If you love puzzles and optical illusions, then you're at the right place. Here's a black and white image that has recently gone viral, asking people to identify the animal hiding behind the stripes.
The image went viral because only 1 percent of people were able to pinpoint the animal, according to studies.
Ever Heard of the McCollough Effect?
McCollough is a weird trick of the mind. After staring at a colored grating (alternating lines), your brain starts to see a pinkish tinge or other colors when looking at black-and-white lines.
It's said that to trigger the effect. You simply stare at the center of two colored "induction images" for a few minutes, switching back and forth repeatedly.
Tilting your head at a 90 degrees angle may lessen or enhance it.
In fact, rotating the induction images and staring at them again may actually reverse the effect. The longer you stare at the original induction images, the longer it'll last.
According to the Journal of Experimental Psychology, the same way the bright flash of the camera can linger in the vision, this effect can last for up to three months in case you stare at the colorful gratings for long.
This phenomenon, defined as a visual illusion in which retinal impressions persist after removing a stimulus, is a sort of afterimage.
Researchers Believe This is a Result of the Continued Activation of the Visual System.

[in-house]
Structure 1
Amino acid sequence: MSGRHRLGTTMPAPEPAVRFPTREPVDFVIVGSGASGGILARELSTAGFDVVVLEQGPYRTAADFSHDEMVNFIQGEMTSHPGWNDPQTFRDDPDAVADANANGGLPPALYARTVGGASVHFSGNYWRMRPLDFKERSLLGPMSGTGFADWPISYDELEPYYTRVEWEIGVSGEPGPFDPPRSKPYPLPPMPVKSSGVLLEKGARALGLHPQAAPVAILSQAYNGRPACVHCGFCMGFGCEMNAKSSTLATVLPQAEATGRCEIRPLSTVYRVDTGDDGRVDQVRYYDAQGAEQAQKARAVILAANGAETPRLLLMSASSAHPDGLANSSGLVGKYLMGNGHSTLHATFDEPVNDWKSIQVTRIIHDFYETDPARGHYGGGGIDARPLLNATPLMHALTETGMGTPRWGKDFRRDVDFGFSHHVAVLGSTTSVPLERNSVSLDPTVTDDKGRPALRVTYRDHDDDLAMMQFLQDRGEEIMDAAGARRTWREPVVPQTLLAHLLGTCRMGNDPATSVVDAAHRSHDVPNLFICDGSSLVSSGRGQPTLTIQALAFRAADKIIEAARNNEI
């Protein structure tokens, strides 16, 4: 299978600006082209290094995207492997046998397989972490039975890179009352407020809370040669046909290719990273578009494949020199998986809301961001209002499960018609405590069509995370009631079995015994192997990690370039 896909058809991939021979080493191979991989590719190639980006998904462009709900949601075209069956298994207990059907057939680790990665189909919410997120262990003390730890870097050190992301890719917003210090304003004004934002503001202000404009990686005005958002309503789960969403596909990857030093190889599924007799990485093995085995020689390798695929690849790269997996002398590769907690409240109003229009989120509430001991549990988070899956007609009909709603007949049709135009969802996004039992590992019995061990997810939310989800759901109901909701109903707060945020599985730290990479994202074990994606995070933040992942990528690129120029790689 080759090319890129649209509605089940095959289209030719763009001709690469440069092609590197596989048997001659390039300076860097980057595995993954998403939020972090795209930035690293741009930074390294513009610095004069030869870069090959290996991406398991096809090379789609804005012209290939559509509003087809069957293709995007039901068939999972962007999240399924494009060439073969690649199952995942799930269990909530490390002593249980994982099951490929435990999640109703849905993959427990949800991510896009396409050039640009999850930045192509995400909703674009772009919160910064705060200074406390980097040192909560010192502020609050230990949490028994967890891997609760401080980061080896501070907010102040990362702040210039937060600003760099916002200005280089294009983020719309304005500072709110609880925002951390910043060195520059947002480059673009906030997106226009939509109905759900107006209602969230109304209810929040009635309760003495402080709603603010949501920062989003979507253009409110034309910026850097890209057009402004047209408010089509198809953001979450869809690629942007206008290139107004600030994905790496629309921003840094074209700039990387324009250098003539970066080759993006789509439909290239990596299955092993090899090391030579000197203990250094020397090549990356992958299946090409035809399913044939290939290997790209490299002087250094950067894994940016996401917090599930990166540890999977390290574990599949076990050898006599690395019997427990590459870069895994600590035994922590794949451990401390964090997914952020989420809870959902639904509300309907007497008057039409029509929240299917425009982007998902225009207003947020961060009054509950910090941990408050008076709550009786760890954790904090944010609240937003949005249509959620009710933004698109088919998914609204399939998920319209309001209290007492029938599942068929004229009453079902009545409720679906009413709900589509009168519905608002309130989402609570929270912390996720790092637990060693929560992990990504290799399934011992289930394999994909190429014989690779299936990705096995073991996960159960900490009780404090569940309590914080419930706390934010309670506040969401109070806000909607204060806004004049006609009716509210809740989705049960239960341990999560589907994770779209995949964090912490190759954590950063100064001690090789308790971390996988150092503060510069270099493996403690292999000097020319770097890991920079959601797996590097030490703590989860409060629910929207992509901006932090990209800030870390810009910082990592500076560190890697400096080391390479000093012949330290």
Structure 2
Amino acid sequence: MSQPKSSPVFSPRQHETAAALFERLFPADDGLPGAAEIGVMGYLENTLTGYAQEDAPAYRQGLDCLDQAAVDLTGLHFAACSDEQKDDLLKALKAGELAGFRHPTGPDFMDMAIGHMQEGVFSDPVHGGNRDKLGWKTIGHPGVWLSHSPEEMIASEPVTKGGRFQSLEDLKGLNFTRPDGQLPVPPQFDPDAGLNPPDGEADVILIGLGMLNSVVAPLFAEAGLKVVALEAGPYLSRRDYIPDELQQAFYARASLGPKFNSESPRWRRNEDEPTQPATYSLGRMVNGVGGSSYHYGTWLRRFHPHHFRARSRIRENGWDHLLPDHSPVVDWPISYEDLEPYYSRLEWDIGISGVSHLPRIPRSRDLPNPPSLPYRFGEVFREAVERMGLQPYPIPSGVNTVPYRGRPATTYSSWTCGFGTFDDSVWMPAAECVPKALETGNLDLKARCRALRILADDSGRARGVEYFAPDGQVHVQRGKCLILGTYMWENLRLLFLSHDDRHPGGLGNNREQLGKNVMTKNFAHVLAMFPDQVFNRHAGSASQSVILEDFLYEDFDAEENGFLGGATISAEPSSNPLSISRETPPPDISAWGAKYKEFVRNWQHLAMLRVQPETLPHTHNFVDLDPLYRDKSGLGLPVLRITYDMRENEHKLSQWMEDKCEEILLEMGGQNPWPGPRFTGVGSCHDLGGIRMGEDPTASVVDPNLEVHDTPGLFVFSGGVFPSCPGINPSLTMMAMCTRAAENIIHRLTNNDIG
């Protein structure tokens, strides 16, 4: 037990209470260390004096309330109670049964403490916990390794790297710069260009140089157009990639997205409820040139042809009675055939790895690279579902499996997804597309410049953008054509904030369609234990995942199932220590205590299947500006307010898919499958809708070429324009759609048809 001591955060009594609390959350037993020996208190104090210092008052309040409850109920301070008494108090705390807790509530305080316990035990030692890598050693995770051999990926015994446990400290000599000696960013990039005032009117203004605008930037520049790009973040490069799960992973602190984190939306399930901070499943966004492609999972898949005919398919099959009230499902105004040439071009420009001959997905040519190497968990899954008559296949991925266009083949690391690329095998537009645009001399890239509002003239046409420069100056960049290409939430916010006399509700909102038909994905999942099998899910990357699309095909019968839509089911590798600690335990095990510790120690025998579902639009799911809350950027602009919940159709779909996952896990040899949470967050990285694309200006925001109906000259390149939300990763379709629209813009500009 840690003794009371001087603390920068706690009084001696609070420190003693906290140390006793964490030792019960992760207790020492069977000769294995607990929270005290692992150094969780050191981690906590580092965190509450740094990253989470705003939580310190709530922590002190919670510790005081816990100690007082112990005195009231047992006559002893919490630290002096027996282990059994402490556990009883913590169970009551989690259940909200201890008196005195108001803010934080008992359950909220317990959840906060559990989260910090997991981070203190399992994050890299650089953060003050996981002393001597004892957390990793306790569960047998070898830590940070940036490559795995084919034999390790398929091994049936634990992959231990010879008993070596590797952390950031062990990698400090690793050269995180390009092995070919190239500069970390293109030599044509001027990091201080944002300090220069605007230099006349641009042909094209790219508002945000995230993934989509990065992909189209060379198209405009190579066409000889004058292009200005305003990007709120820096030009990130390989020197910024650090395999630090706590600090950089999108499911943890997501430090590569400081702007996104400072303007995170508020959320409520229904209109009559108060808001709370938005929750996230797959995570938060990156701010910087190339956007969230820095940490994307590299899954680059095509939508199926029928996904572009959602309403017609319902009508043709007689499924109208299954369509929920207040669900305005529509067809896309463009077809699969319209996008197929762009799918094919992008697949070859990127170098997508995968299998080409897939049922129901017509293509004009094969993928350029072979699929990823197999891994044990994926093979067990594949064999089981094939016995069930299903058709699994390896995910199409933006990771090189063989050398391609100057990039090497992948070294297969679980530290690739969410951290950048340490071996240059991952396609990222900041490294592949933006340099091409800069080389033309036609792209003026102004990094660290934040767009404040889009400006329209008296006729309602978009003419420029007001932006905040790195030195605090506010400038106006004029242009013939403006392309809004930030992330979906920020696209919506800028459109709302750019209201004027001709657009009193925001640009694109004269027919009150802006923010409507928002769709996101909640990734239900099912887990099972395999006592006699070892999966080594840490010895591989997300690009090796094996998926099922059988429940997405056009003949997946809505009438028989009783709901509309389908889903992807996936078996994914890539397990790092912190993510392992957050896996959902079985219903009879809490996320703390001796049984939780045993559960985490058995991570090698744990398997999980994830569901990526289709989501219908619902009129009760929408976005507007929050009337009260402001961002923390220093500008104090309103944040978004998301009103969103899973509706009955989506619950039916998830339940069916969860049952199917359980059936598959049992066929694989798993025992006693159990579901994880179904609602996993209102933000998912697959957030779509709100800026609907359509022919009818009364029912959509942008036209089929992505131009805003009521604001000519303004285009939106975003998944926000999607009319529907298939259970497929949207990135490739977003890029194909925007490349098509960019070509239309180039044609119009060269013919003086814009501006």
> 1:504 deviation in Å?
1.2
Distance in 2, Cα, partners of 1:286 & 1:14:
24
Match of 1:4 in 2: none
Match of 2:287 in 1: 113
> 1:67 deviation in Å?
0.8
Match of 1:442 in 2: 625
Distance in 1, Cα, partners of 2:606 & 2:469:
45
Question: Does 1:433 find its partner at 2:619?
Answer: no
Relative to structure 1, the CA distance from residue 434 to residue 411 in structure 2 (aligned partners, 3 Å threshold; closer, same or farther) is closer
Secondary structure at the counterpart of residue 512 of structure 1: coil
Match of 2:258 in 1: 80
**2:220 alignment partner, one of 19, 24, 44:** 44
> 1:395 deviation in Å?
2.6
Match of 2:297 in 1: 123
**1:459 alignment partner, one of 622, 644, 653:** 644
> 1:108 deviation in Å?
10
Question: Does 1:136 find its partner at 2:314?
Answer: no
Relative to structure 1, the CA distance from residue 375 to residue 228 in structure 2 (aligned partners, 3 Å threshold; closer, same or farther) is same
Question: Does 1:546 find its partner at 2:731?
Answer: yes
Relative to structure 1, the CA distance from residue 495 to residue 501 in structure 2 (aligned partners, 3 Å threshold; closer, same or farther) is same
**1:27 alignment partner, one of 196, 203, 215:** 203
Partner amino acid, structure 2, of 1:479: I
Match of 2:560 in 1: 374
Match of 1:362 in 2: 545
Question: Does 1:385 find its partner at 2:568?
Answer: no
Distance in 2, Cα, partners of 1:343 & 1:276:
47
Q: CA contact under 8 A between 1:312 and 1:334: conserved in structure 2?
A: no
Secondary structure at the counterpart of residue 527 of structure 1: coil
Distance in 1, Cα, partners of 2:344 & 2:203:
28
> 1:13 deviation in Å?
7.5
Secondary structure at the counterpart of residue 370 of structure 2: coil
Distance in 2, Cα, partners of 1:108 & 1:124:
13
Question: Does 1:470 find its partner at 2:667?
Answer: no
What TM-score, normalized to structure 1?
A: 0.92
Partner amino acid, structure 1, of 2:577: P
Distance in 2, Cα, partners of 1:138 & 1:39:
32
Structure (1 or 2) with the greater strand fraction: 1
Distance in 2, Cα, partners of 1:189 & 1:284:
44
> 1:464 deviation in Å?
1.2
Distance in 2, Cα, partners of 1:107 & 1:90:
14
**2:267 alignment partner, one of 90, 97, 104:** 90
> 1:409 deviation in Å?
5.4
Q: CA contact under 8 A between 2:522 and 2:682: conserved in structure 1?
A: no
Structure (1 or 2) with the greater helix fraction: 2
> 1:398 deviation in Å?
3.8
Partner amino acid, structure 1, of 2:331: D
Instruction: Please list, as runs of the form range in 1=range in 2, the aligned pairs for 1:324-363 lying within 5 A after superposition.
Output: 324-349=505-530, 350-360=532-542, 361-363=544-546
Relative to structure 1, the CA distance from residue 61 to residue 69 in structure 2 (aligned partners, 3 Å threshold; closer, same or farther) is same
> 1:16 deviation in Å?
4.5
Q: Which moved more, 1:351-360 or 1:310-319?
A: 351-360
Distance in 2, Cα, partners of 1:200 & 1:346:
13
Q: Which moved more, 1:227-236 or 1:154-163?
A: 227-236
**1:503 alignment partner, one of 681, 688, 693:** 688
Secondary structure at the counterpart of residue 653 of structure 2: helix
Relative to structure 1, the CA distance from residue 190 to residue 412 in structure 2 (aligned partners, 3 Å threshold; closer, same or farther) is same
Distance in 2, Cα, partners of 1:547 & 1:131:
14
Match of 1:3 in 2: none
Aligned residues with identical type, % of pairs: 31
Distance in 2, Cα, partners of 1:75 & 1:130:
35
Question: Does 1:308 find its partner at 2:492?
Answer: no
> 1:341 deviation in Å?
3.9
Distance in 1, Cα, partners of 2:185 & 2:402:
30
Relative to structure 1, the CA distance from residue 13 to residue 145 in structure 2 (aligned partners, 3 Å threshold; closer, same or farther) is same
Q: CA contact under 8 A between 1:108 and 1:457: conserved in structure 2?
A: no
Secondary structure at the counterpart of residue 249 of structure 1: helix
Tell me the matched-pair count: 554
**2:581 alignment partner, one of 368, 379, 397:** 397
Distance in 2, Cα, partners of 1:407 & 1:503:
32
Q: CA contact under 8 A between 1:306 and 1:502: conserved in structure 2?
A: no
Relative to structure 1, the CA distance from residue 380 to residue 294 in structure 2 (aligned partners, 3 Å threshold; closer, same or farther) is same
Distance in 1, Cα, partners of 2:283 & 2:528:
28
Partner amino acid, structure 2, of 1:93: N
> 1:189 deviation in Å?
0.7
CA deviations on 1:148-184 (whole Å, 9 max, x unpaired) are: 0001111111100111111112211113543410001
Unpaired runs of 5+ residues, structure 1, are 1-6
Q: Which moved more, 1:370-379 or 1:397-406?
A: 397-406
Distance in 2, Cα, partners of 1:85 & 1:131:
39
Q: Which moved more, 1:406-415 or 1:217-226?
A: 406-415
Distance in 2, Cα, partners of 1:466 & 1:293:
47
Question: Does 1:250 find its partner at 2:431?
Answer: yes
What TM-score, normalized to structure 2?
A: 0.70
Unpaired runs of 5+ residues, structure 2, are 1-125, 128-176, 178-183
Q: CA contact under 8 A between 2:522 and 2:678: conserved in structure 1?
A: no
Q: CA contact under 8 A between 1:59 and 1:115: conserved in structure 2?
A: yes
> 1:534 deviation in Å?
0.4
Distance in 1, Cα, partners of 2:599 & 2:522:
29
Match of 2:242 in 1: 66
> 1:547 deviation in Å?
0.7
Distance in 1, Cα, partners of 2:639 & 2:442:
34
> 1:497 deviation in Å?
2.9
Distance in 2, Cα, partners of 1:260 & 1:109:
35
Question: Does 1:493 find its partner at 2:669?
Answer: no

This effect has been named after its discoverer, US psychologist Celeste McCollough Howard. She discovered the "contingent aftereffect," an illusion that affects the brain for an extended period of time.
Over the Years, There Have Been Several Studies Done on this Effect
For instance, back in 1975, two researchers tested five groups consisting of 16 people. Amazingly, one of the groups showed no lessening of the effect after five days.
In fact, the effect remained better than half strength for the other four groups for up to 2,040 hours later—or almost three months.
Researchers have analyzed the cause of these effects. Some believe it's linked to the neurons in the visual cortex. Others claim that your brain tries to color-correct the world and gets a bit stuck.
There's also a third group that argues the effects is a kind of a "withdrawal symptom," in this case, an absence of color.
It's also good to know that our brains are easily fooled. For example, struggling to tell whether lines are parallel or not.
Brains are weird, huh?